Alpacas are renowned for their soft fleece, but few people know the intimate details of alpaca fleece harvesting like Adam Riley, a professional alpaca shearer with eight years of experience in both the United States and Europe. He has spent half his life with alpacas, and volunteered with Awamaki this past winter in order to improve our alpaca fleece processing.

Long before Adam discovered Awamaki, he had been thinking about coming to Peru, the land of the alpaca.

“It’s always been a dream of mine to come here and work with the Quechua people, and to see alpacas in their native environment.”

Adam carried his expertise and equipment up into the communities that we work in, living on the alpaca farms with families for anywhere from three to nine days at a time. He worked with the men to show them his style of shearing, such as how to separate the higher-quality fleece from the lower quality. Adam normally uses an electrical shearing machine, but since there is no electricity up on the chakra, or farm, he used traditional hand shears. Most of the families use even more basic equipment, sometimes shearing with just a sharp kitchen knife.

Adam mostly worked with the husbands to show them his techniques, since they are the ones who traditionally shear the alpacas.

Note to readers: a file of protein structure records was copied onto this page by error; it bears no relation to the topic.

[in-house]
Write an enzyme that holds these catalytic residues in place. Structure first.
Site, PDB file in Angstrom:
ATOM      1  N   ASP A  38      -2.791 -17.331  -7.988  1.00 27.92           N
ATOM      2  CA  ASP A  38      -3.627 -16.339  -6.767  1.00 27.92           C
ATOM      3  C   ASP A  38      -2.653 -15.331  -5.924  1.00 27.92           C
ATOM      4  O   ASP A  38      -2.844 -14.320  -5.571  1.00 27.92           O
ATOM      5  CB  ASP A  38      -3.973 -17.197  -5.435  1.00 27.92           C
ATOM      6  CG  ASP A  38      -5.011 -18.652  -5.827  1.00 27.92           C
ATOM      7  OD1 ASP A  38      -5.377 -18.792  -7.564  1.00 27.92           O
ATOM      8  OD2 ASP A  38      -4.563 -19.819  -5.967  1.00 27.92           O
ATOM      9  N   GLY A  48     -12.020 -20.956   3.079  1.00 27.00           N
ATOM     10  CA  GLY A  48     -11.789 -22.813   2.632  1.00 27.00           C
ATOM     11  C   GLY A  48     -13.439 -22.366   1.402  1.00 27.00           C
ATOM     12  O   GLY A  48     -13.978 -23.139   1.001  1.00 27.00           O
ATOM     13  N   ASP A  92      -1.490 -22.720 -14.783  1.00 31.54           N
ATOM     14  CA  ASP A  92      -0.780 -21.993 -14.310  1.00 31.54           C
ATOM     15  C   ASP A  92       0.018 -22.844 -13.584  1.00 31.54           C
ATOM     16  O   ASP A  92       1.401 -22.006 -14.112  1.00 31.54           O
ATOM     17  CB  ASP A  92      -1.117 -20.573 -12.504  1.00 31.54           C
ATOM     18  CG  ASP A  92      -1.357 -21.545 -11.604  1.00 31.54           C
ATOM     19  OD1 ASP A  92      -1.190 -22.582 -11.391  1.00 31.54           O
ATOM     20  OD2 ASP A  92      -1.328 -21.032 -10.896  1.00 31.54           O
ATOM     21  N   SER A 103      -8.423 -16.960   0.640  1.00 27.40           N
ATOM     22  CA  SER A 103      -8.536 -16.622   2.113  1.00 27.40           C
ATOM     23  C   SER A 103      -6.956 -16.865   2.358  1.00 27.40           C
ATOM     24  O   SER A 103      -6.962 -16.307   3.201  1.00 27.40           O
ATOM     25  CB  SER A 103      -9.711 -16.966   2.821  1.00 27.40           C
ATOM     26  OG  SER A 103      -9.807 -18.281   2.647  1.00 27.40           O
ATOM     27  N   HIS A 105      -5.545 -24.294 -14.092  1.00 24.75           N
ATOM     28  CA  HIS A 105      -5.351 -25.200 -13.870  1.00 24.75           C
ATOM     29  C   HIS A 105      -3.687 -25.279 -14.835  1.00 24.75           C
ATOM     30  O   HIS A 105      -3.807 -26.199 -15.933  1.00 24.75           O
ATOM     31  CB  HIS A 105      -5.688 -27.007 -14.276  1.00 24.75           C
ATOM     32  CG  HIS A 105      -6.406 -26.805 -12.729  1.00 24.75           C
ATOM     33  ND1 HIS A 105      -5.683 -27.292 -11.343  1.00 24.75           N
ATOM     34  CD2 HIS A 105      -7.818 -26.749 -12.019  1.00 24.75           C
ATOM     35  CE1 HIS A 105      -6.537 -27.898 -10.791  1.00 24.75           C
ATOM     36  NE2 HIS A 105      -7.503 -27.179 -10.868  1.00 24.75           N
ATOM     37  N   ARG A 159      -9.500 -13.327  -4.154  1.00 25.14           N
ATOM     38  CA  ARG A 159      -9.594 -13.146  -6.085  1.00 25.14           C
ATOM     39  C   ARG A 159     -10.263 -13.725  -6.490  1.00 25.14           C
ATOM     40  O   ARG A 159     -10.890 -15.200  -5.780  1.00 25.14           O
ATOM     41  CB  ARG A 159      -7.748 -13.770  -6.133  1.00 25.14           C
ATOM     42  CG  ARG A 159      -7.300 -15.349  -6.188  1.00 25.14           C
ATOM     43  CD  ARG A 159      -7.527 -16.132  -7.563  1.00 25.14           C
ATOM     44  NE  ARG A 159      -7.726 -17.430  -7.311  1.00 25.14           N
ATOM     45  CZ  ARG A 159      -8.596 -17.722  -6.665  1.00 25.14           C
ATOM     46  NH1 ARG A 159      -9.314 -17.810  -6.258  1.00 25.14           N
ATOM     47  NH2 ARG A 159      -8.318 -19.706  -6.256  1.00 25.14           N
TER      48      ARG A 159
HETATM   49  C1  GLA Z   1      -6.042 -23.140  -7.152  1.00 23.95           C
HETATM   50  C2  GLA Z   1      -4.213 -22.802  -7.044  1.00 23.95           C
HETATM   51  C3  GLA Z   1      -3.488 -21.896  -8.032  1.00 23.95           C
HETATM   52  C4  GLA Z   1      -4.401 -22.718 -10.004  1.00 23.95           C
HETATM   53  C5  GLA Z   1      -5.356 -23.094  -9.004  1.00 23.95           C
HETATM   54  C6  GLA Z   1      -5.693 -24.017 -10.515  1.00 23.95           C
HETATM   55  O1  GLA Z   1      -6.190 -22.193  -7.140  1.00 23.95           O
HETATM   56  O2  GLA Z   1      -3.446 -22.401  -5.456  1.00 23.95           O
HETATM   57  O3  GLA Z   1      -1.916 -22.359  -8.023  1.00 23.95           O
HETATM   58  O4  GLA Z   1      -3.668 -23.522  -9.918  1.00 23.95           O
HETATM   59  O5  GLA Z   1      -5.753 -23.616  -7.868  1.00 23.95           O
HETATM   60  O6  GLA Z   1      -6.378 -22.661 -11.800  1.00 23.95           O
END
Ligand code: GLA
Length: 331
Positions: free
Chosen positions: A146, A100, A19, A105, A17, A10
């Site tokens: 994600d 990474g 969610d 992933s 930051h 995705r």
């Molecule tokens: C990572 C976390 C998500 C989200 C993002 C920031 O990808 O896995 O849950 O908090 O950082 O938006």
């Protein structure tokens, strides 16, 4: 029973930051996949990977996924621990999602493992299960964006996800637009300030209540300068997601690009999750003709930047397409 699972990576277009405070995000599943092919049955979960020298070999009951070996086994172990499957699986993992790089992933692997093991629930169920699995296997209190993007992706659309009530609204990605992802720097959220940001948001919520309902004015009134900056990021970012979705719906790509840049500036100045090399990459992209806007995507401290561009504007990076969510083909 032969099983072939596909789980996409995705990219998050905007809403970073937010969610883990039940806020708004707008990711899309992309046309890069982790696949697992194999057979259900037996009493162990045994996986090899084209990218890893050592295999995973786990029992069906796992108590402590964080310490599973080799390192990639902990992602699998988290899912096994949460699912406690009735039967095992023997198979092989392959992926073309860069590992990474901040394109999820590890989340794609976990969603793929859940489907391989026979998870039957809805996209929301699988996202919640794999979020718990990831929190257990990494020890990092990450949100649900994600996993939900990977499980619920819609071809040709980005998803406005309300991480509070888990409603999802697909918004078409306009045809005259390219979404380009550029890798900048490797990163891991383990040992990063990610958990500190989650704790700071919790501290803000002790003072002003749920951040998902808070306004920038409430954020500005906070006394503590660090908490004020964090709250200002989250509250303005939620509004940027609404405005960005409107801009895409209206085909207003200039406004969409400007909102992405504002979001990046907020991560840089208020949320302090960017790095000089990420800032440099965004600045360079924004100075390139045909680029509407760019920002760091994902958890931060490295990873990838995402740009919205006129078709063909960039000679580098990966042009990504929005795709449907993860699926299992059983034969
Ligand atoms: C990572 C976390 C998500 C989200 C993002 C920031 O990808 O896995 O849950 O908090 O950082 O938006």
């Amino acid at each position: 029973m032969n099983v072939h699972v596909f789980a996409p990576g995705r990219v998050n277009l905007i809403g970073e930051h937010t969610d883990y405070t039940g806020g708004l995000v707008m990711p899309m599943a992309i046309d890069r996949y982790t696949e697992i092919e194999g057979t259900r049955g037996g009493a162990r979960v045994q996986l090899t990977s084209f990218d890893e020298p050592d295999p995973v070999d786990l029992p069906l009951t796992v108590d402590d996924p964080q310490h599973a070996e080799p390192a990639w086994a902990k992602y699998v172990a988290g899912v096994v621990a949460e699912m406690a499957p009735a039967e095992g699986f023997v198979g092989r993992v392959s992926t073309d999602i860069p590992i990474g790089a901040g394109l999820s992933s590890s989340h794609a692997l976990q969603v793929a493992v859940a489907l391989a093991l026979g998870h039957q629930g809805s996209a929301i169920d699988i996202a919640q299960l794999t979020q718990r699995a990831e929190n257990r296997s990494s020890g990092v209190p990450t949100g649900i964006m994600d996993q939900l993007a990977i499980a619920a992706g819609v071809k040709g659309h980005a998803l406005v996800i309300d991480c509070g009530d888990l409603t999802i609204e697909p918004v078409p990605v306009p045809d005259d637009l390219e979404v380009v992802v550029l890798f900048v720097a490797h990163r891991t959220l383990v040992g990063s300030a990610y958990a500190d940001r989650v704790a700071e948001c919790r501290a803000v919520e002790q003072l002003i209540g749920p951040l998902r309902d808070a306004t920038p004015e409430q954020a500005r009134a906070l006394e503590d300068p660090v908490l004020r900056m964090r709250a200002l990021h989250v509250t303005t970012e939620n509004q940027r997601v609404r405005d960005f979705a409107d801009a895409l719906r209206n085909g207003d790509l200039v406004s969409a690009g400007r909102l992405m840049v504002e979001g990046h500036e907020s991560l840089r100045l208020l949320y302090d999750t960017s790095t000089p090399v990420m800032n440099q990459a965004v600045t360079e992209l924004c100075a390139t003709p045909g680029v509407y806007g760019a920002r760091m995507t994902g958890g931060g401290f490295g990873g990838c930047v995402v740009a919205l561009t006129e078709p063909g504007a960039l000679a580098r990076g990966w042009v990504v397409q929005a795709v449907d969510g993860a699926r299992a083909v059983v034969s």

“With a women’s-based cooperative, the men often do not participate in most of our processes. Getting to work so closely with the families – particularly the men – and build relationships with them was a unique experience that I think they really enjoyed.”

Awamaki is in the process of improving our line of hand-spun alpaca yarn. In the past, there have been problems with the cleanliness of the alpaca fiber, with debris and dirt remaining in the final product. Additionally, the type of fleece used for the hand-spun line needs to be of very high quality in order to be acceptable in European and US markets.

 

After completing the season’s shearing, Adam worked with the women in our cooperatives to show them how to sort and skirt the fiber. Thanks to Adam and another volunteer, Karina, Awamaki now has a wonderful alpaca fiber sorting and cleaning guidebook for each of the cooperatives. Overall, sharing his skills with the communities resulted in a great cultural exchange.

 

“Living and working alongside the families gave me an inside look into life in rural Peru and the Andes – which is really basic. But the people, they have such strong family ties, they are genuinely happy, they are healthy, and they are hardworking. I think they have the right values in life, and I was incredibly humbled and fortunate to spend the time that I did with them.”

The next steps for our handspun yarn line are to purchase alpaca fiber washing equipment for our cooperative in Huilloc and develop standardized yarn weights with the help of our expert knitwear volunteers. Each step brings us closer to the release of our 100 percent natural alpaca hand-spun yarn line! These yarns will be used by our knitting cooperatives to expand our handspun knitwear line, and they will also be for sale directly to the public for the first time. Look for them in our store in Peru and online!